Introduction....................................... 98
Materials and Methods .......................... 101
Results and Discussion........................... 106
Conclusions .................................... 137

7. OVERALL CONCLUSIONS....................................140
Introduction....... .............................140
Soil Characterization ......................... 141
Crop Response ................................. 142
Nutrient Leaching............................... 143

APPENDIX A SOIL PROFILE DESCRIPTION..............................145

APPENDIX B CROP COMPONENT YIELDS.................................147

REFERENCES .....................................................149

BIOGRAPHICAL SKETCH................................................159


Abstract of Dissertation Presented to the Graduate School
of the University of Florida in Partial Fulfillment of the
Requirements of the Degree of Doctor of Philosophy



Paul R. Anamosa

August 1989

Chairman: W. G. Blue
Cochairman: J. B. Sartain
Major Department: Soil Science

Gravel decreases the water- and nutrient-holding capacities of

soil. Soils with gravel horizons (stone lines) are being increasingly

utilized for crop production in equatorial Africa. This study was

conducted to differentiate between the relative effects of water and

nutrient stress for crops grown on stone-line soils, and to determine if

preferential water flow and mobile/immobile water concepts should be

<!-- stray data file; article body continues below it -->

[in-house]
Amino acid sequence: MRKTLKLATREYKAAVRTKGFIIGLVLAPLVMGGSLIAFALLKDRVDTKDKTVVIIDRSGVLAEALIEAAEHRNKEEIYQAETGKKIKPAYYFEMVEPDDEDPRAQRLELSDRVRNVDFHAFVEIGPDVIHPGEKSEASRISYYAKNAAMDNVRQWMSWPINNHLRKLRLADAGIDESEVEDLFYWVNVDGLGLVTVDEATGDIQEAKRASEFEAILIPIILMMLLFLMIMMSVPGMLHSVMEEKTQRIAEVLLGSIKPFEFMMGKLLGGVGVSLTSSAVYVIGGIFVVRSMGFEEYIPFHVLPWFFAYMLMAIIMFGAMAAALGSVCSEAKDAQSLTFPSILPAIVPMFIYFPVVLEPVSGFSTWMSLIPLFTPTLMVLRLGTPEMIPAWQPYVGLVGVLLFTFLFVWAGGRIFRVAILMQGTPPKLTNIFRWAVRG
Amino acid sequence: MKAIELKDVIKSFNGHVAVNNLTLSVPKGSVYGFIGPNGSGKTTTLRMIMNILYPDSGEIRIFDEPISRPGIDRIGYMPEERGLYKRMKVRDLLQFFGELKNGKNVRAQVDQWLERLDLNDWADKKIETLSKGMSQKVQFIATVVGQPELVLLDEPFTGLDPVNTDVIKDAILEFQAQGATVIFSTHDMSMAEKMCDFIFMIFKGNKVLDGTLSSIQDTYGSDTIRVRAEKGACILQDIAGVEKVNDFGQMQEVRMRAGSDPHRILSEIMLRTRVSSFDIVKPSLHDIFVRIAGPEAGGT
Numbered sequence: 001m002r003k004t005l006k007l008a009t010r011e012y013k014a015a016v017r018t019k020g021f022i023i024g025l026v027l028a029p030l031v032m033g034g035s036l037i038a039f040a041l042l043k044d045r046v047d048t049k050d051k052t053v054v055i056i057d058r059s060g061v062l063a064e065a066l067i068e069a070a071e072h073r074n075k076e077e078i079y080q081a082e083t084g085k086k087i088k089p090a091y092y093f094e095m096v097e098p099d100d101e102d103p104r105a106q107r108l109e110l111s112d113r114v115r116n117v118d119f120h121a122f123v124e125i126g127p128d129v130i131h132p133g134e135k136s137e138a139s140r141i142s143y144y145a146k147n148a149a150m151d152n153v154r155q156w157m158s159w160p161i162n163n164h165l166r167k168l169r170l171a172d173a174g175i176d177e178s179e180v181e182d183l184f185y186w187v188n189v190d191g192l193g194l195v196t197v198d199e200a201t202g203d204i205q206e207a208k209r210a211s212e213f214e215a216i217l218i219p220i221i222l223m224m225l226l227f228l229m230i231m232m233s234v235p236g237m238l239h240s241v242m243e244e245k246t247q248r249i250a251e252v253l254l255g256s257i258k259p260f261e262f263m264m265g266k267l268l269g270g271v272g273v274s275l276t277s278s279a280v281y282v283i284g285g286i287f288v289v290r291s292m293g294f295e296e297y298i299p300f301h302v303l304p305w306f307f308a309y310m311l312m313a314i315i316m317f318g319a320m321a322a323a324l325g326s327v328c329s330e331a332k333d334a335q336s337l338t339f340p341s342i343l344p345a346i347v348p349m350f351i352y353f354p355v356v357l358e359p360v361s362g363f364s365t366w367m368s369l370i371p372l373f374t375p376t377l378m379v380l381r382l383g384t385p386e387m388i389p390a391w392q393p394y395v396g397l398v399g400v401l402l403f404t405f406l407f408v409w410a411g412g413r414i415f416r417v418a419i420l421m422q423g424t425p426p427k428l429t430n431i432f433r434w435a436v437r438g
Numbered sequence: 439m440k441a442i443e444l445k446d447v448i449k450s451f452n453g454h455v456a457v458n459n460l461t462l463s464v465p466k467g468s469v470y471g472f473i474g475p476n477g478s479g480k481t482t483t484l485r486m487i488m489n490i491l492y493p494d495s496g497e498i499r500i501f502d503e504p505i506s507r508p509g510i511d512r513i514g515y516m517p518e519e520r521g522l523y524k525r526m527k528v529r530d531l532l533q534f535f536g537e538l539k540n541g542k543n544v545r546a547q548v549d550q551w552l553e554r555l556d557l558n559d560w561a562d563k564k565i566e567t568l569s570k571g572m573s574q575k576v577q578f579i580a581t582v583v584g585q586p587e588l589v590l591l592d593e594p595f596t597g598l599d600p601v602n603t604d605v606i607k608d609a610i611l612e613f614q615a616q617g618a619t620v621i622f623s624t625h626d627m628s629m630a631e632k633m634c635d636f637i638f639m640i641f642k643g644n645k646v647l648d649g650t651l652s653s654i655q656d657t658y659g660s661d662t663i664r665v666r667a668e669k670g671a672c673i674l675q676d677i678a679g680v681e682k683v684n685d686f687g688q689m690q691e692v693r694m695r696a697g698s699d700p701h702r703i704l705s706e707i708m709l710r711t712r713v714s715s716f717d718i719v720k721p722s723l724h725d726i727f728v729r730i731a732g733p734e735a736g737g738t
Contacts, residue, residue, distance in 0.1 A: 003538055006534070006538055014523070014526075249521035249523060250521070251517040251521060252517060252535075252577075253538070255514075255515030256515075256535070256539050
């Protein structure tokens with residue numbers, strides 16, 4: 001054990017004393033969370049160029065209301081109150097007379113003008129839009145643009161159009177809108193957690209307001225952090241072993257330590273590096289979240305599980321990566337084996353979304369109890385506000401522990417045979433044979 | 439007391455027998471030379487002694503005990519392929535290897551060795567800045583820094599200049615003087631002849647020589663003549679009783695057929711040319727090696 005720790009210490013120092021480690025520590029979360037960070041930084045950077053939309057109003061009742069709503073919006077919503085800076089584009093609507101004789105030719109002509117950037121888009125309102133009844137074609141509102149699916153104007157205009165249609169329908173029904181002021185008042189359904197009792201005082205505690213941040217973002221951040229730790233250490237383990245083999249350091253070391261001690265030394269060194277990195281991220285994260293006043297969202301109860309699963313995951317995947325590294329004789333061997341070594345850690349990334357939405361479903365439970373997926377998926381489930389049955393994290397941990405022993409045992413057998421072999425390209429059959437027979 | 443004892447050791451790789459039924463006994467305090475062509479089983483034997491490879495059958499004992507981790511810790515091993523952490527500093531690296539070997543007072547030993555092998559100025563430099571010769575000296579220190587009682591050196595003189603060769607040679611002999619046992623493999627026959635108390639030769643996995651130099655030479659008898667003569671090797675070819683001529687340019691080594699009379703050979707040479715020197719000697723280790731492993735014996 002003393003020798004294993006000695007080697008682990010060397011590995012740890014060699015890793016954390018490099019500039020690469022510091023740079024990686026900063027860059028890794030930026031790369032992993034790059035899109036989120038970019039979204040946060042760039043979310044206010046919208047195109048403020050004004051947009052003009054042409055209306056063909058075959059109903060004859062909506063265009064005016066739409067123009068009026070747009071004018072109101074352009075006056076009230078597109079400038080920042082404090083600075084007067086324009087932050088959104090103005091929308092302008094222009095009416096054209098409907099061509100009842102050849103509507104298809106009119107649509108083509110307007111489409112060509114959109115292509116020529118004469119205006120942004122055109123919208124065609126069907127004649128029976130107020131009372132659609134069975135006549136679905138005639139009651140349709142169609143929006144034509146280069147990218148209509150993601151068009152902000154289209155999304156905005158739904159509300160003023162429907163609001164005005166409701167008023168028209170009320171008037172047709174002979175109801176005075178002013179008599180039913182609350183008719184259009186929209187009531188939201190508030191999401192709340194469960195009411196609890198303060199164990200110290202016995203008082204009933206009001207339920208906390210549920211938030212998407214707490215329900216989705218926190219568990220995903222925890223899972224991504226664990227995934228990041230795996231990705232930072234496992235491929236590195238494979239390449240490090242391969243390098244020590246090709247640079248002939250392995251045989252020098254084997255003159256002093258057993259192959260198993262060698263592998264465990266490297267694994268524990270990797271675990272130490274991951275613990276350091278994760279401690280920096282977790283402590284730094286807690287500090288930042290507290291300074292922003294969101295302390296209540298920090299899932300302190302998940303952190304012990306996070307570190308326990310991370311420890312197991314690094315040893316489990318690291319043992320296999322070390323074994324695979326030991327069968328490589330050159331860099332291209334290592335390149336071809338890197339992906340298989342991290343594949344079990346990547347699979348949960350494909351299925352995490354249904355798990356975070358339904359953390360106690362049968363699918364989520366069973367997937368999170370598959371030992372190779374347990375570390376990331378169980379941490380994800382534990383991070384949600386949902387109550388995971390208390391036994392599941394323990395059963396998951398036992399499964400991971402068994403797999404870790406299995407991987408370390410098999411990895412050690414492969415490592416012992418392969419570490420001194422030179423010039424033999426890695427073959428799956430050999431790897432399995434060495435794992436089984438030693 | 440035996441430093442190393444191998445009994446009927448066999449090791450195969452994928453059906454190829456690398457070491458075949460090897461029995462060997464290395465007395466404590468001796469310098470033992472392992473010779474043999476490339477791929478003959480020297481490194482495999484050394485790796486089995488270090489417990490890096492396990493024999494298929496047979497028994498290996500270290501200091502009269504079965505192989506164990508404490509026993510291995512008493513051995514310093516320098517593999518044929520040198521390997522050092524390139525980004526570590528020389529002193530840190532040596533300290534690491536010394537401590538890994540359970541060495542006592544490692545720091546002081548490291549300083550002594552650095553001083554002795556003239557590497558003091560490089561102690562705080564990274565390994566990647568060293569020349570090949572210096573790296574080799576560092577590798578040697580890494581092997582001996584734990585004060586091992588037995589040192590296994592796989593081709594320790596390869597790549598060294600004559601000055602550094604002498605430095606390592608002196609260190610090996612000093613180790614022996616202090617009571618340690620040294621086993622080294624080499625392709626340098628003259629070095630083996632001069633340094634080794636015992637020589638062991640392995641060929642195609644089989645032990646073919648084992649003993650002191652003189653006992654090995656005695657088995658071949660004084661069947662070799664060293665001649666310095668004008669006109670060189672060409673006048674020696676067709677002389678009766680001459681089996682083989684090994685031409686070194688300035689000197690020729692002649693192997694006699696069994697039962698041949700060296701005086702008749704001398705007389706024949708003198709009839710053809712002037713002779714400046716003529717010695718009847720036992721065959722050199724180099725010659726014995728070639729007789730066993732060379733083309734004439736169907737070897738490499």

considered in describing nutrient and water behavior. The effects of

plant densities of maize (Zea mays L.) and bean (Phaseolus vulgaris L.)

and of split applications of plant nutrients were investigated for a

clayey-skeletal, oxidic, isohyperthermit, Typic Gibbsiorthox near

Dschang, Cameroon. The movement of soil nutrients was studied in soil

columns subjected to simulated rainy seasons. The nature of the porous

network of the soil was studied using miscible-displacement techniques

with tritiated water.

Increased splitting of mobile-nutrient applications (K, NO3, and

NH4) resulted in increased grain yields, but had no effect on stover

yields. Early-season moisture stress apparently decreased plant

emergence. However, high-density plantings yielded more grain and

stover than did similarly fertilized, low-density plantings. Thus, once

plants were established, grain yields were not adversely affected by

moisture stress. A 30-d delay in planting resulted in a 40% increase in

seasonal rainfall and 50 and 70% grain-yield reductions for bean and

corn, respectively.

Leaching of Ca, K, and Mg from 70-cm long soil columns was not

affected by rainfall regimes or fertilizer-application schedules,

although the distribution of Ca, K, and Mg in the columns indicated more

downward movement under higher rainfall. Leaching of K was negligible

under all treatments used in this study. Split applications of

fertilizer composed primarily of K, NO3, and NH4 resulted in greater

concentrations of Ca and Mg with depth.

Moisture-release curves showed that the soil drained nearly 30%

of total water content at 50-mbar tension, but still held 30% at 15-bar

tension. Miscible-displacement experiments indicated that, under

saturated conditions, the soil had a high dispersivity and held about

50% of it water in immobile-water regions.

Delays in planting to avoid early-season water stress result in

greater leaching losses and reduced grain yields. Splitting the

applications of mobile nutrients should increase their plant